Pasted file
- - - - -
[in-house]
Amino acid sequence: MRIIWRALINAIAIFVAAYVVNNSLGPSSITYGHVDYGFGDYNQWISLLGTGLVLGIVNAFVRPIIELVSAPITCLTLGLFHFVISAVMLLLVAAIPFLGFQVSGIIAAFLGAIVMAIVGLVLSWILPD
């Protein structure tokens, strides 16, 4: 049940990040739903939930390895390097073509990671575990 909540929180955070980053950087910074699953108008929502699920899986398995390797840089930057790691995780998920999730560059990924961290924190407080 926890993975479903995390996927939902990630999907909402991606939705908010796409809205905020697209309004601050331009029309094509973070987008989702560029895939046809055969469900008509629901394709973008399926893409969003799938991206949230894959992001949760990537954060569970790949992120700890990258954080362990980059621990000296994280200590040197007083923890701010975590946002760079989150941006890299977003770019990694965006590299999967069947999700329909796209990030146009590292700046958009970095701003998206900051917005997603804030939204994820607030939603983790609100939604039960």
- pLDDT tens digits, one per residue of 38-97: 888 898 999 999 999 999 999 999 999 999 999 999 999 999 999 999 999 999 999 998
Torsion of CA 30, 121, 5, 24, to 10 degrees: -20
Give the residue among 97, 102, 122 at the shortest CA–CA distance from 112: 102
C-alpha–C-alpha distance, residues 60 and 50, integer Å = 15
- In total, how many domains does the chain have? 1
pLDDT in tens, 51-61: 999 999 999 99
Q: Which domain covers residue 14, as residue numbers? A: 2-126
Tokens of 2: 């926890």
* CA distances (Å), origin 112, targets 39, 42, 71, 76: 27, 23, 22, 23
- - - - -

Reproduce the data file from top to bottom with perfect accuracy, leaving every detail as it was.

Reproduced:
[in-house]
Amino acid sequence: MRIIWRALINAIAIFVAAYVVNNSLGPSSITYGHVDYGFGDYNQWISLLGTGLVLGIVNAFVRPIIELVSAPITCLTLGLFHFVISAVMLLLVAAIPFLGFQVSGIIAAFLGAIVMAIVGLVLSWILPD
């Protein structure tokens, strides 16, 4: 049940990040739903939930390895390097073509990671575990 909540929180955070980053950087910074699953108008929502699920899986398995390797840089930057790691995780998920999730560059990924961290924190407080 926890993975479903995390996927939902990630999907909402991606939705908010796409809205905020697209309004601050331009029309094509973070987008989702560029895939046809055969469900008509629901394709973008399926893409969003799938991206949230894959992001949760990537954060569970790949992120700890990258954080362990980059621990000296994280200590040197007083923890701010975590946002760079989150941006890299977003770019990694965006590299999967069947999700329909796209990030146009590292700046958009970095701003998206900051917005997603804030939204994820607030939603983790609100939604039960």
- pLDDT tens digits, one per residue of 38-97: 888 898 999 999 999 999 999 999 999 999 999 999 999 999 999 999 999 999 999 998
Torsion of CA 30, 121, 5, 24, to 10 degrees: -20
Give the residue among 97, 102, 122 at the shortest CA–CA distance from 112: 102
C-alpha–C-alpha distance, residues 60 and 50, integer Å = 15
- In total, how many domains does the chain have? 1
pLDDT in tens, 51-61: 999 999 999 99
Q: Which domain covers residue 14, as residue numbers? A: 2-126
Tokens of 2: 């926890």
* CA distances (Å), origin 112, targets 39, 42, 71, 76: 27, 23, 22, 23